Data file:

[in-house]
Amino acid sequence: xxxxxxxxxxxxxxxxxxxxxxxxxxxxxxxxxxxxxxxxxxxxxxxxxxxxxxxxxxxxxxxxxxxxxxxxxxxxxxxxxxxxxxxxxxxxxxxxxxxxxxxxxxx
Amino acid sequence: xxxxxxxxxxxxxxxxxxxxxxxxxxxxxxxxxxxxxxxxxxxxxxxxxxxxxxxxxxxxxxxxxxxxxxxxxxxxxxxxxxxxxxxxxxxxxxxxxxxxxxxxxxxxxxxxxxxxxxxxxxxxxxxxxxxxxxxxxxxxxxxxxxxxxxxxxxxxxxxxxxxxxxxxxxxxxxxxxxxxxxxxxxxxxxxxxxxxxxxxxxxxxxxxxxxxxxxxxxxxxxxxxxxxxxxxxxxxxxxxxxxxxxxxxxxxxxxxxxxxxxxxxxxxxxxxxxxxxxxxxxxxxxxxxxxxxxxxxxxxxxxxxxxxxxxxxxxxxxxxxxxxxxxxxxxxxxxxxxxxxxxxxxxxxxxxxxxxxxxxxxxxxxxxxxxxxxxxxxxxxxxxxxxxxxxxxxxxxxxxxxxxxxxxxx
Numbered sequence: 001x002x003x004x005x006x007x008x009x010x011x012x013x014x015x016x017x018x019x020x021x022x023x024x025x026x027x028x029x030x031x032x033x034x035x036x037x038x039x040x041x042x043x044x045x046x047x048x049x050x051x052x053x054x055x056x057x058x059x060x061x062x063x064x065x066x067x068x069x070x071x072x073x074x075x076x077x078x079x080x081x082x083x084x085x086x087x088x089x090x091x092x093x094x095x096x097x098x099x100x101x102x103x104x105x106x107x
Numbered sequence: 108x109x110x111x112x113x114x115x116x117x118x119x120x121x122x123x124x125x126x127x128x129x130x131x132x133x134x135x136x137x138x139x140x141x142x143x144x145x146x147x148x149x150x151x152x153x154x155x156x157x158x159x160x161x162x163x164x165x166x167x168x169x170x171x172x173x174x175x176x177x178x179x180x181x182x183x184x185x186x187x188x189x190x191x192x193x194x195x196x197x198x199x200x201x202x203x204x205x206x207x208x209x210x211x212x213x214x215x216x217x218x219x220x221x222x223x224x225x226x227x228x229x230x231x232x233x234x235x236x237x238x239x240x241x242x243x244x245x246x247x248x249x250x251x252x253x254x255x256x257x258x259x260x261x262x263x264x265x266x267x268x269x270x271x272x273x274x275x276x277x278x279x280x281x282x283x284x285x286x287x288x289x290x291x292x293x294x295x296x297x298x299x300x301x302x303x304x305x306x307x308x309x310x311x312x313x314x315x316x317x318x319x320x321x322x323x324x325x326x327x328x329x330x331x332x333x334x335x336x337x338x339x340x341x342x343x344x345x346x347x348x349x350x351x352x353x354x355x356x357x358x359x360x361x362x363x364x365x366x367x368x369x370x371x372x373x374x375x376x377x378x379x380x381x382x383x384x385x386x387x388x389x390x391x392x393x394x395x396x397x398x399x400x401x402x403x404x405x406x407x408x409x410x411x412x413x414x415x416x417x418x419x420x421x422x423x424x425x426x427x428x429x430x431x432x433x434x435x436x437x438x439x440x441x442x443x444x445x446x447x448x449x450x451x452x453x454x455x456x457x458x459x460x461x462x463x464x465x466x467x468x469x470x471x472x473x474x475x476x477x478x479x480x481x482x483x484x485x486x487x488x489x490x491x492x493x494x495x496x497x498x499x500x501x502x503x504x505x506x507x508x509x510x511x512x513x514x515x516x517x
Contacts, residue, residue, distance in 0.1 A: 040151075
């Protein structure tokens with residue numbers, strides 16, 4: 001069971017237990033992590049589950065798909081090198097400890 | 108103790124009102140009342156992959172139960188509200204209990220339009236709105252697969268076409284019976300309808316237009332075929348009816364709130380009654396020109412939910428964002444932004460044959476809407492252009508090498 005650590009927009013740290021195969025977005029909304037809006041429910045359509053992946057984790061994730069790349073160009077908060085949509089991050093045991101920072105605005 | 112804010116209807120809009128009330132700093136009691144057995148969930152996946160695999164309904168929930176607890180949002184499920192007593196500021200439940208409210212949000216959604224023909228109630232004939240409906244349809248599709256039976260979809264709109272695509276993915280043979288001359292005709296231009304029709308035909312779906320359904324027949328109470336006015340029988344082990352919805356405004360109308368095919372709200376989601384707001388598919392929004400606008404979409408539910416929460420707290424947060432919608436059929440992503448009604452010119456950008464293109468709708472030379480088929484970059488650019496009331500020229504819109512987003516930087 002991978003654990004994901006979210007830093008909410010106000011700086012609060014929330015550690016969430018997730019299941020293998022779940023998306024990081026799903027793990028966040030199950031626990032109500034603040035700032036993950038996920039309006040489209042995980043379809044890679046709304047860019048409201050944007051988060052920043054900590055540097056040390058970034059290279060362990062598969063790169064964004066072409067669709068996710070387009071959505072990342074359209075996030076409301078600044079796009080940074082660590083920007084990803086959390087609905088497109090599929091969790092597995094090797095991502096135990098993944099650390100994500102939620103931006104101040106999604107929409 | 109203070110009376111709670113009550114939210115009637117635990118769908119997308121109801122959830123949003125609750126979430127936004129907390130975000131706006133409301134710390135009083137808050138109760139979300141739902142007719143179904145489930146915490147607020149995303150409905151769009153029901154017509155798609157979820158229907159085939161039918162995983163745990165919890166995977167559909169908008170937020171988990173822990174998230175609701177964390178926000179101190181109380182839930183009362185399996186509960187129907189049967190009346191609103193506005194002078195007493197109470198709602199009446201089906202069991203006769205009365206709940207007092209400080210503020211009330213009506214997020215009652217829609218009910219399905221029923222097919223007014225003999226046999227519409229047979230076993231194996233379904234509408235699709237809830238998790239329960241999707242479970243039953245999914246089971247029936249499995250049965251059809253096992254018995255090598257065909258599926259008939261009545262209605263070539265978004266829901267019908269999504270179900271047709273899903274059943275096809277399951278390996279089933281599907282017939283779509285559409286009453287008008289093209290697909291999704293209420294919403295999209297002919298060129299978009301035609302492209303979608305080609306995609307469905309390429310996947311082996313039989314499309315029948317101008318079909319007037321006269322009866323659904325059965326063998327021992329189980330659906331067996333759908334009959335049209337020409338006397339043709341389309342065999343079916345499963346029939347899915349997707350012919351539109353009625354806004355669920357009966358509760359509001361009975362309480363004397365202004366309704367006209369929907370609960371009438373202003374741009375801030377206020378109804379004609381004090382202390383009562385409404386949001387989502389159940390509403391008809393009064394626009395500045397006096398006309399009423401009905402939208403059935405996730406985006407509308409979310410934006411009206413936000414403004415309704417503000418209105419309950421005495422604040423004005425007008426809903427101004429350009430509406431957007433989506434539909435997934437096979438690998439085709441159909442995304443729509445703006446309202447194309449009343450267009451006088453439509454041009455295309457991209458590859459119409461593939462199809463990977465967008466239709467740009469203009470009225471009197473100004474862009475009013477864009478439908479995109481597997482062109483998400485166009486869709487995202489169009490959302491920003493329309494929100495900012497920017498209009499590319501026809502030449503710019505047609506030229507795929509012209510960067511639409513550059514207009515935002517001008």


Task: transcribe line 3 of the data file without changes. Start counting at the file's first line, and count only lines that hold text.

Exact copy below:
Amino acid sequence: xxxxxxxxxxxxxxxxxxxxxxxxxxxxxxxxxxxxxxxxxxxxxxxxxxxxxxxxxxxxxxxxxxxxxxxxxxxxxxxxxxxxxxxxxxxxxxxxxxxxxxxxxxxxxxxxxxxxxxxxxxxxxxxxxxxxxxxxxxxxxxxxxxxxxxxxxxxxxxxxxxxxxxxxxxxxxxxxxxxxxxxxxxxxxxxxxxxxxxxxxxxxxxxxxxxxxxxxxxxxxxxxxxxxxxxxxxxxxxxxxxxxxxxxxxxxxxxxxxxxxxxxxxxxxxxxxxxxxxxxxxxxxxxxxxxxxxxxxxxxxxxxxxxxxxxxxxxxxxxxxxxxxxxxxxxxxxxxxxxxxxxxxxxxxxxxxxxxxxxxxxxxxxxxxxxxxxxxxxxxxxxxxxxxxxxxxxxxxxxxxxxxxxxxxx